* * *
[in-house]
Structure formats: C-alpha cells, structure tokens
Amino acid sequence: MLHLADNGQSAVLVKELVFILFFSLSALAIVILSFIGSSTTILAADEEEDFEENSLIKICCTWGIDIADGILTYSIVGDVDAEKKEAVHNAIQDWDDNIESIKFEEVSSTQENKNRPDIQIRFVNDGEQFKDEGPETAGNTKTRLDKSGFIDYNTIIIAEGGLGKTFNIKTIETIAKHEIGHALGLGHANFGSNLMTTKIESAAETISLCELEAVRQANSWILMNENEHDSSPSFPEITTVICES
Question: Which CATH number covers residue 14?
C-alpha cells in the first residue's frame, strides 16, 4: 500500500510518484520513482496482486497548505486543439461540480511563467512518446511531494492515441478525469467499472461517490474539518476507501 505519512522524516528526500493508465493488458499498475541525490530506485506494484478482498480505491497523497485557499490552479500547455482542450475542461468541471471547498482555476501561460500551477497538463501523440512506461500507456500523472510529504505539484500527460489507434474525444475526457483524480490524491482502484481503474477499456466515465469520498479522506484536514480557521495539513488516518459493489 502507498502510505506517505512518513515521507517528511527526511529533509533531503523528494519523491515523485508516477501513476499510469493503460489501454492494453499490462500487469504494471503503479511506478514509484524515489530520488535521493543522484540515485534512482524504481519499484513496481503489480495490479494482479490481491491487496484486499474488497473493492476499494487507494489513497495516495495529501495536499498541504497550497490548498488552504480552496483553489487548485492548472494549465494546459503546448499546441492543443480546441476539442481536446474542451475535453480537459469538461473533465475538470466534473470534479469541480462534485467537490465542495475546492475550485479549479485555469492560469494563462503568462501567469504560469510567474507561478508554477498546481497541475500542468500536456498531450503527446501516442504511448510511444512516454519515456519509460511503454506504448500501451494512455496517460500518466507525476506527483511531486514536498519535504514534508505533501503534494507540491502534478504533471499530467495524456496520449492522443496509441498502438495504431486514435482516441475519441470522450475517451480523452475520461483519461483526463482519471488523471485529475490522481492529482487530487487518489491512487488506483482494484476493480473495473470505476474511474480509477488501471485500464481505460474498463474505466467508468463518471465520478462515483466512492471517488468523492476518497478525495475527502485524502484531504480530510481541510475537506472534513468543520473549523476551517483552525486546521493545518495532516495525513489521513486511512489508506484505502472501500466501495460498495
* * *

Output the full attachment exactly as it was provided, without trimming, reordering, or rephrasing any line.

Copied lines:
[in-house]
Structure formats: C-alpha cells, structure tokens
Amino acid sequence: MLHLADNGQSAVLVKELVFILFFSLSALAIVILSFIGSSTTILAADEEEDFEENSLIKICCTWGIDIADGILTYSIVGDVDAEKKEAVHNAIQDWDDNIESIKFEEVSSTQENKNRPDIQIRFVNDGEQFKDEGPETAGNTKTRLDKSGFIDYNTIIIAEGGLGKTFNIKTIETIAKHEIGHALGLGHANFGSNLMTTKIESAAETISLCELEAVRQANSWILMNENEHDSSPSFPEITTVICES
Question: Which CATH number covers residue 14?
C-alpha cells in the first residue's frame, strides 16, 4: 500500500510518484520513482496482486497548505486543439461540480511563467512518446511531494492515441478525469467499472461517490474539518476507501 505519512522524516528526500493508465493488458499498475541525490530506485506494484478482498480505491497523497485557499490552479500547455482542450475542461468541471471547498482555476501561460500551477497538463501523440512506461500507456500523472510529504505539484500527460489507434474525444475526457483524480490524491482502484481503474477499456466515465469520498479522506484536514480557521495539513488516518459493489 502507498502510505506517505512518513515521507517528511527526511529533509533531503523528494519523491515523485508516477501513476499510469493503460489501454492494453499490462500487469504494471503503479511506478514509484524515489530520488535521493543522484540515485534512482524504481519499484513496481503489480495490479494482479490481491491487496484486499474488497473493492476499494487507494489513497495516495495529501495536499498541504497550497490548498488552504480552496483553489487548485492548472494549465494546459503546448499546441492543443480546441476539442481536446474542451475535453480537459469538461473533465475538470466534473470534479469541480462534485467537490465542495475546492475550485479549479485555469492560469494563462503568462501567469504560469510567474507561478508554477498546481497541475500542468500536456498531450503527446501516442504511448510511444512516454519515456519509460511503454506504448500501451494512455496517460500518466507525476506527483511531486514536498519535504514534508505533501503534494507540491502534478504533471499530467495524456496520449492522443496509441498502438495504431486514435482516441475519441470522450475517451480523452475520461483519461483526463482519471488523471485529475490522481492529482487530487487518489491512487488506483482494484476493480473495473470505476474511474480509477488501471485500464481505460474498463474505466467508468463518471465520478462515483466512492471517488468523492476518497478525495475527502485524502484531504480530510481541510475537506472534513468543520473549523476551517483552525486546521493545518495532516495525513489521513486511512489508506484505502472501500466501495460498495